Ron Patterson watering the roots of a tree in his yard. | Ron Patterson, EastIdahoNews.com
The first decision you need to make before you purchase a tree is where to plant it. This will have a bearing on the size and ornamental features you want in that location. Location will also have a bearing on future pruning: “The first step to proper pruning is to plant the right tree in the right place.”
So, what is the right place? First of all, consider the mature size of the tree, stand at the desired site and:
Look up—will the full-grown tree interfere with any overhead utilities or structures?
Look down—call 811 several days before you plant to have any public underground utilities located—it’s free, and it’s the law.
Look around—as the tree reaches its full spread, will it interfere with buildings, other plants, or hardscaping? Be sure to consider sidewalks and retaining walls.
Site preparation—It’s pretty foolish to dig a $1 hole for a $75 tree.
Have a buffer zone of at least two feet between the trunk of the tree and the lawn. Lawn mowers and line trimmers do a lot of damage to tree trunks.
The hole you dig should be at least 2 – 3 times the diameter of the root ball.
Spread the roots out. Bare-root is best. I root-wash potted plants so that they are essentially bare root when I plant them. Make sure the roots are growing the right direction rather than all twisted and crossing. This may require a fair amount of root pruning. (I may do an article on root washing later.)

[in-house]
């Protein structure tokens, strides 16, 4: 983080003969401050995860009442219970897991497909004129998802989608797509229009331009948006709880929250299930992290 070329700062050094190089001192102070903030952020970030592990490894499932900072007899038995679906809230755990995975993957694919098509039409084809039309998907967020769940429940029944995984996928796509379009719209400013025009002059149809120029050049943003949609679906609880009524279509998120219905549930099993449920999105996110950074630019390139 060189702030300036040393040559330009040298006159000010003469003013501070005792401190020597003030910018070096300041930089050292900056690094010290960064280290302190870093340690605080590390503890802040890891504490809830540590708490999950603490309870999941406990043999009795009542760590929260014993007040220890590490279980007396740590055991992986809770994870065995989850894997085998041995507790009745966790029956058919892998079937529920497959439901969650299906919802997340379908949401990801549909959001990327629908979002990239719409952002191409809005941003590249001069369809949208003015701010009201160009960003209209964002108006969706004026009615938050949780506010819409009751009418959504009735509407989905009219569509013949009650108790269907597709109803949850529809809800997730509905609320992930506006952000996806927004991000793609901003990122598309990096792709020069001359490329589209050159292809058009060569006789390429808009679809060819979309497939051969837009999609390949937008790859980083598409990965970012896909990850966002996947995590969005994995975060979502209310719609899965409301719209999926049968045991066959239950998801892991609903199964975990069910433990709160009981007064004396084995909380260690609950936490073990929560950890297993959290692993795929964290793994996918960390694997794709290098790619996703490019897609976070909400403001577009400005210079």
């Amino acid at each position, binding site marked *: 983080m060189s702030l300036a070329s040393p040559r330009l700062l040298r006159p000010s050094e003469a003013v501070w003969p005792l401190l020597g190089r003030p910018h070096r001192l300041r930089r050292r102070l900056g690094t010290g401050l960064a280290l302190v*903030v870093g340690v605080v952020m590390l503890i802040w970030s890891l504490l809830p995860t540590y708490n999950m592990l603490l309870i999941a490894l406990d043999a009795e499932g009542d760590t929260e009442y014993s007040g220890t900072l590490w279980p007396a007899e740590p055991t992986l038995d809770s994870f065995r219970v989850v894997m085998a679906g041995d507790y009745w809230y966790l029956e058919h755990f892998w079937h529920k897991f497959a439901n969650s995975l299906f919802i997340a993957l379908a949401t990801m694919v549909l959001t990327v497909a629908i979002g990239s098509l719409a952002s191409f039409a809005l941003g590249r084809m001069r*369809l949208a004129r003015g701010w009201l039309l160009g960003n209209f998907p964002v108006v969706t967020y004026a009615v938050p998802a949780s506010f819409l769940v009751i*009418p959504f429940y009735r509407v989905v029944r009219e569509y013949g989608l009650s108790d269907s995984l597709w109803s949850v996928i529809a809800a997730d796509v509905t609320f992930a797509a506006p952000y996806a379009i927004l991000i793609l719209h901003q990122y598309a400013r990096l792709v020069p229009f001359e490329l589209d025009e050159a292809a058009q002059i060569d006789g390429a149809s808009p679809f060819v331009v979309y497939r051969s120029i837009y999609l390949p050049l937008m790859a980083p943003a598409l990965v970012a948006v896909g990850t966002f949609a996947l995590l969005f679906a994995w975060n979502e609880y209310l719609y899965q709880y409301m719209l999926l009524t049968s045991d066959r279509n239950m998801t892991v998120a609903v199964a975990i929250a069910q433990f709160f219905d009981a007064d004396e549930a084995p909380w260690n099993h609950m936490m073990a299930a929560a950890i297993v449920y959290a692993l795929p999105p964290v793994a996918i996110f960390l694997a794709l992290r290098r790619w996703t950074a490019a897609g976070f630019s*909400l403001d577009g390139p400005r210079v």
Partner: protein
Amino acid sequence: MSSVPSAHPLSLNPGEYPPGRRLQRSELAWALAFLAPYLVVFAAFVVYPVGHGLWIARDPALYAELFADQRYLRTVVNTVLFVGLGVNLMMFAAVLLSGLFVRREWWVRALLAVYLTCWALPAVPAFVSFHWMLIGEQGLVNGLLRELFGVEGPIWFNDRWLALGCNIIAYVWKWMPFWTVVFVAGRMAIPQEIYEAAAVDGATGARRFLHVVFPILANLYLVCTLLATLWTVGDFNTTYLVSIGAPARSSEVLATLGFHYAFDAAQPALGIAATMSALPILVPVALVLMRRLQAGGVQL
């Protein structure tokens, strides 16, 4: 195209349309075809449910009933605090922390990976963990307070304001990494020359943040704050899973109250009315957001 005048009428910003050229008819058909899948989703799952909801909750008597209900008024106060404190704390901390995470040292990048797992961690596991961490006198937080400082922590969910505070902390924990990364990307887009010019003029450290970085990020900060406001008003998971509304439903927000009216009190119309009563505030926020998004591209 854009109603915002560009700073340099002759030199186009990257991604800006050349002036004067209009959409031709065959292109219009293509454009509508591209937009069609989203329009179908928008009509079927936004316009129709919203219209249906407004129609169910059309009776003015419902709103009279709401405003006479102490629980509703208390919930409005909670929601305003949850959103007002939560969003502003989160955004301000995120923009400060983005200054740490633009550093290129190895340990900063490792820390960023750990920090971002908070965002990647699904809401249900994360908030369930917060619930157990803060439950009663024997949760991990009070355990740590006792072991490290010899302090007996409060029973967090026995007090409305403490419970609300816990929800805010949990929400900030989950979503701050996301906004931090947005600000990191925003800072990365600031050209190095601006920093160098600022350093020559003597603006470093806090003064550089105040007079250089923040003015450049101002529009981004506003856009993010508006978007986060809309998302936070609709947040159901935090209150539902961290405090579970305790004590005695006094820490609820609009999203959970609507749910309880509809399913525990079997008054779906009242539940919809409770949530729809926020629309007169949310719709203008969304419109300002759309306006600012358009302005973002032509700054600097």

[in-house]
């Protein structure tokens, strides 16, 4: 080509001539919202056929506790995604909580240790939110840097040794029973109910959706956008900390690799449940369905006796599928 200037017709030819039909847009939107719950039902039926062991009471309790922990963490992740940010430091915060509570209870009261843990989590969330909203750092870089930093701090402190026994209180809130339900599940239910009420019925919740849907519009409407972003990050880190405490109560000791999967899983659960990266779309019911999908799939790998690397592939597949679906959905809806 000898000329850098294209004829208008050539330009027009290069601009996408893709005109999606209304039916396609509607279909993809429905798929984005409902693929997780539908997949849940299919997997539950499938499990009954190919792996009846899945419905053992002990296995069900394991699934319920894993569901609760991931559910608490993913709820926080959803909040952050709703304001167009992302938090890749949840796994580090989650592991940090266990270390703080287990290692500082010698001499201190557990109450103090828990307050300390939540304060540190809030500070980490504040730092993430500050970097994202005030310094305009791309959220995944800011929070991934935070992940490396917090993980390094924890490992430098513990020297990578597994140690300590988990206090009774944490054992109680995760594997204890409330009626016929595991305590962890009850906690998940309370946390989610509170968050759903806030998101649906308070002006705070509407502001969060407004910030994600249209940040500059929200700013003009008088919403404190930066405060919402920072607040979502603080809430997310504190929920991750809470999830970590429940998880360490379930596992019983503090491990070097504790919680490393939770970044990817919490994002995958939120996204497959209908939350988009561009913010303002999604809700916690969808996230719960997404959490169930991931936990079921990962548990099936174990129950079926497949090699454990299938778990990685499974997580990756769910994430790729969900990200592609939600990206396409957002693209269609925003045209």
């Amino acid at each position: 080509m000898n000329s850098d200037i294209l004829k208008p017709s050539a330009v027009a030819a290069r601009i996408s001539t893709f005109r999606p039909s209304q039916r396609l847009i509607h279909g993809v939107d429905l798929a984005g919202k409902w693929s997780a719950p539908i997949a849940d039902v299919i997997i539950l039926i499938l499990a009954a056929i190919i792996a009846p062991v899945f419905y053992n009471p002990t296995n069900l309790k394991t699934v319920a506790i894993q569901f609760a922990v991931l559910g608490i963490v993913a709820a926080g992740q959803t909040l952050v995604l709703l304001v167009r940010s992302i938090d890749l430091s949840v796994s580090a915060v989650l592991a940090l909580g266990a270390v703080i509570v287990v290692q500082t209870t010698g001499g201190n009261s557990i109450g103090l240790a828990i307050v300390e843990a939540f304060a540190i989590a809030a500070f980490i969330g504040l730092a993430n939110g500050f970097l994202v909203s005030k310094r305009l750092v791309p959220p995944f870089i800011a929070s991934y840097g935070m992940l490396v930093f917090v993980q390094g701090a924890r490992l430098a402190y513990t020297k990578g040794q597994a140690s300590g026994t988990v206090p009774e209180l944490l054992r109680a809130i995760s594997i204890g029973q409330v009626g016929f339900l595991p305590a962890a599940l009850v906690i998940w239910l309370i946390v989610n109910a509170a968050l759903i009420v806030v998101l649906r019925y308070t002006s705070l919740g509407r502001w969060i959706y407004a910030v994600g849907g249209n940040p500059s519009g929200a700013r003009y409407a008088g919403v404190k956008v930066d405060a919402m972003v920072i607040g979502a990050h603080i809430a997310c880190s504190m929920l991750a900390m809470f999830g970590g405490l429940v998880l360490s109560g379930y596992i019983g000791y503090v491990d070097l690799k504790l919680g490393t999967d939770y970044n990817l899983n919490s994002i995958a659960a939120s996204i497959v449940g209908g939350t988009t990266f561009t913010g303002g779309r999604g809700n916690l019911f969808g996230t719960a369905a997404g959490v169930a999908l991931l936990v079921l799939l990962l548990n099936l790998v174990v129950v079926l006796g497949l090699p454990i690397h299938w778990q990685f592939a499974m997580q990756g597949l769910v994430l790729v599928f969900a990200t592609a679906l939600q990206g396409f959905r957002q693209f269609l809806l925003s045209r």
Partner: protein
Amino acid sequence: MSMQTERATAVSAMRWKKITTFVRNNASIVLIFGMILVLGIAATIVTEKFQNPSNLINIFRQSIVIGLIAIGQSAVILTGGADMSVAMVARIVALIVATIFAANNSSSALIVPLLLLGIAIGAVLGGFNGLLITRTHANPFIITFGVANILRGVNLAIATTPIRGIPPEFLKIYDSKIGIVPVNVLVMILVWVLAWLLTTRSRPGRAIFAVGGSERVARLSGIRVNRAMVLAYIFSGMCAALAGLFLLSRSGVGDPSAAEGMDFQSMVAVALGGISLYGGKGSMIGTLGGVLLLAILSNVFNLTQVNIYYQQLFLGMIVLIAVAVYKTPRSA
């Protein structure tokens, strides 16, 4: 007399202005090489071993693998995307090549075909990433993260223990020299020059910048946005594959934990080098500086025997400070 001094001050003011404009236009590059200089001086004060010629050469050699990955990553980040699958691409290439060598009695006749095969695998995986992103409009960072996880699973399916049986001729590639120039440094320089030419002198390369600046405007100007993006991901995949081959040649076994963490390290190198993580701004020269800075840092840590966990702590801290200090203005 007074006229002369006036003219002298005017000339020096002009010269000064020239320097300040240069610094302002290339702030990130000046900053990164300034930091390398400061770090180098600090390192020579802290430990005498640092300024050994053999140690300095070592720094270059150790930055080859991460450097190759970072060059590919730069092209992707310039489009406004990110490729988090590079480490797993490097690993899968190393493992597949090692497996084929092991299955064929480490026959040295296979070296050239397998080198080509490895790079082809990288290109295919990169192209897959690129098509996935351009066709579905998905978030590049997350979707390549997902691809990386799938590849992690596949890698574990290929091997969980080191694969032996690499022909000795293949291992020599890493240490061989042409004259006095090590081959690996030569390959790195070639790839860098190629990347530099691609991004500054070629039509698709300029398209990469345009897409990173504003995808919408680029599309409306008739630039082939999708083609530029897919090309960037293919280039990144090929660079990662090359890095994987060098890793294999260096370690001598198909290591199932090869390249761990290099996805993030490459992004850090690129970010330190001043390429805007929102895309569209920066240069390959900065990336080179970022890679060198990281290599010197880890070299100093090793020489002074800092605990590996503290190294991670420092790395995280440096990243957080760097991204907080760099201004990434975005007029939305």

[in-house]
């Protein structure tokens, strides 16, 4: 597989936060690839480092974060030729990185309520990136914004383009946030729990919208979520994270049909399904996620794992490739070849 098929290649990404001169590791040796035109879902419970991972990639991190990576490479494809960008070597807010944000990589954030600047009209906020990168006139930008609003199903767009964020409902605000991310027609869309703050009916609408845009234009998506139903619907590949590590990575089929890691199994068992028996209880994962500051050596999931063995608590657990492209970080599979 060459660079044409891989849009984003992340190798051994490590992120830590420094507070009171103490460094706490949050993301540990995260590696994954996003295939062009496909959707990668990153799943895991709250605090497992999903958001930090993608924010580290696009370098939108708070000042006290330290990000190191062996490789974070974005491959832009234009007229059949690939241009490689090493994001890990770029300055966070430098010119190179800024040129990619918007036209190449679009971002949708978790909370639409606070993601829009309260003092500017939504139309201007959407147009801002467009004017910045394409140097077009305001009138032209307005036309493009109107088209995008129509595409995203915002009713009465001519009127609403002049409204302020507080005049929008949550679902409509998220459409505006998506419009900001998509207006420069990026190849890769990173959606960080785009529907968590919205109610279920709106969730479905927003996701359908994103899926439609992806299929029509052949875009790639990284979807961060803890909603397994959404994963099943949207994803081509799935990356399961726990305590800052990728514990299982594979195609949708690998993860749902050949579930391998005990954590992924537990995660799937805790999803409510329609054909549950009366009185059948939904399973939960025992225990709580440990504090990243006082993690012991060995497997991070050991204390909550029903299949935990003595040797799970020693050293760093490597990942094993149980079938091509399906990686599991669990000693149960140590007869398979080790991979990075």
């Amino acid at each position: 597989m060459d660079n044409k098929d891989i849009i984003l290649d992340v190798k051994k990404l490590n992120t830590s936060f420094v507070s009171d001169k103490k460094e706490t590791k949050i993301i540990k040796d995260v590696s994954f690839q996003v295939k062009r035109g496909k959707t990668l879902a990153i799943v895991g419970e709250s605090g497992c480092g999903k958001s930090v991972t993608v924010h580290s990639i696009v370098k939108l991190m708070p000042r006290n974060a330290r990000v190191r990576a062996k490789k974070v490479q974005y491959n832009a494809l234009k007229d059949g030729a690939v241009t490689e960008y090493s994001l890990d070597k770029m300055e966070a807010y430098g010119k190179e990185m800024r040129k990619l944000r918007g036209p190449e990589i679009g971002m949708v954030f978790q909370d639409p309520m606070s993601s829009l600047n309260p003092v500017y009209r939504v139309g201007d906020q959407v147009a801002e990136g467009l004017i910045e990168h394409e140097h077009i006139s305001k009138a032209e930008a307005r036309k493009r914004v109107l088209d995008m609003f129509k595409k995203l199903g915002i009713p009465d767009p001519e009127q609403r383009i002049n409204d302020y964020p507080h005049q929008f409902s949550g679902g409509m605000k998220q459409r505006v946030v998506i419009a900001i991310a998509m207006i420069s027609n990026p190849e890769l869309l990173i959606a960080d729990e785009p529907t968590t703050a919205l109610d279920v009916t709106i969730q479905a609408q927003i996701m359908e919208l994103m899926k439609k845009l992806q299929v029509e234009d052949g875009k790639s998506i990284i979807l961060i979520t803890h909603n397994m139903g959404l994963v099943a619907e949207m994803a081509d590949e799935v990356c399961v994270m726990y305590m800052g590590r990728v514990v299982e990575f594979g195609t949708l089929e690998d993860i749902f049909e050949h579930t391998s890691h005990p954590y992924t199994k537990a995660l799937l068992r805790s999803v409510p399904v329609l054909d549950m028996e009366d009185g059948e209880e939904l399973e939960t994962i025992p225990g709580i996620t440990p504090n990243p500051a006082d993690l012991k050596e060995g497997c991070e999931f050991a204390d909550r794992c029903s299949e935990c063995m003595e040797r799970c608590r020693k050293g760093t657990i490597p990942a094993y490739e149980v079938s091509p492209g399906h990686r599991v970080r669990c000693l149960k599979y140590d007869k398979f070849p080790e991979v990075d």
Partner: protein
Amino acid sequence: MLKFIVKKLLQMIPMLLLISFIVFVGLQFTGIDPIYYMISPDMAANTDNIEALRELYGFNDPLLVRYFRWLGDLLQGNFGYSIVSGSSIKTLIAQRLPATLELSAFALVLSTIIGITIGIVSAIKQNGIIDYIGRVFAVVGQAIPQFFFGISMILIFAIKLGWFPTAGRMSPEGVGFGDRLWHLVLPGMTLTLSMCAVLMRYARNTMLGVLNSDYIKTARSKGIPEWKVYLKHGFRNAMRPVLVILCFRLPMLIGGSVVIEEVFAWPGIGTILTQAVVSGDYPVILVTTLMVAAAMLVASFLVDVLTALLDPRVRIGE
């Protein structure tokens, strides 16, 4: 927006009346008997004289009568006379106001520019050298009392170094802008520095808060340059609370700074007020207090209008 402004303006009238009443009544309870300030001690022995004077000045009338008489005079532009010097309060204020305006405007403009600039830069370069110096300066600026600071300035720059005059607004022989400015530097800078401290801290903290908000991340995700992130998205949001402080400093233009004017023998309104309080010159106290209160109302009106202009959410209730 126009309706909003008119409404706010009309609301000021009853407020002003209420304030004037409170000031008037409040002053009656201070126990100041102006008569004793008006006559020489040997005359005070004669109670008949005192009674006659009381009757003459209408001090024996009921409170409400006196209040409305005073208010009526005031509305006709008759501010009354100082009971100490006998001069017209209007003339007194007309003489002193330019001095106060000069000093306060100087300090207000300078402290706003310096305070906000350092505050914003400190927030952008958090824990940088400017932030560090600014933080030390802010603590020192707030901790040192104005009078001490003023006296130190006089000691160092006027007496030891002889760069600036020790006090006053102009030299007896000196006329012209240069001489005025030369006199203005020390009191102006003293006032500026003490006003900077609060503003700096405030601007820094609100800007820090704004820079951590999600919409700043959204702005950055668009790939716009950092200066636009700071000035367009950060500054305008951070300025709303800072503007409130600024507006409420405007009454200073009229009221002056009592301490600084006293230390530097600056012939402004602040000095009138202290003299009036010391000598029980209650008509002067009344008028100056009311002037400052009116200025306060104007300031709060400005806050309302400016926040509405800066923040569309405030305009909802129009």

The hole should only be deep enough that the root flare is at, or slightly above, ground level. (Pull soil off the top of the root ball, whether potted or ball-and-burlap, to find the root flare.) A deep-dug hole that is backfilled with loose soil will allow the tree to settle deeper than it should. Trees that are planted too deeply will often result in the death of the tree in 5 – 10 years.
Ron Patterson | EastIdahoNews.com,
Time to get the tree into the ground—best if done with two or more people.
DO NOT add amendments to the backfill. Get the roots into the native soil quickly.
Hold the tree over the center of the hole with the root flare at, or slightly above, the surrounding soil level. In this position, the roots at the bottom should be resting firmly on the soil at the bottom of the hole. Plants with burlap should have the burlap and wire basket carefully removed at this point (remove the very bottom of the basket and burlap, set tree in place, remove the sides of basket and burlap).
Back fill one-quarter of the soil and settle the soil around the roots with a little water. Check to make sure the tree is still in position.
Backfill another one-quarter of the soil and settle with a little water. Check again.
Backfill another quarter, settle and check.
Finish your backfill and settle.
If you feel your tree needs to be staked follow these guidelines:
Do not make the staking rigid. Allow the tree enough room to flex slightly without lifting the roots.
Stake from at least the two most prevailing wind sides.
Remove the stakes after one year.
May you have fun getting new trees settled into your landscape.
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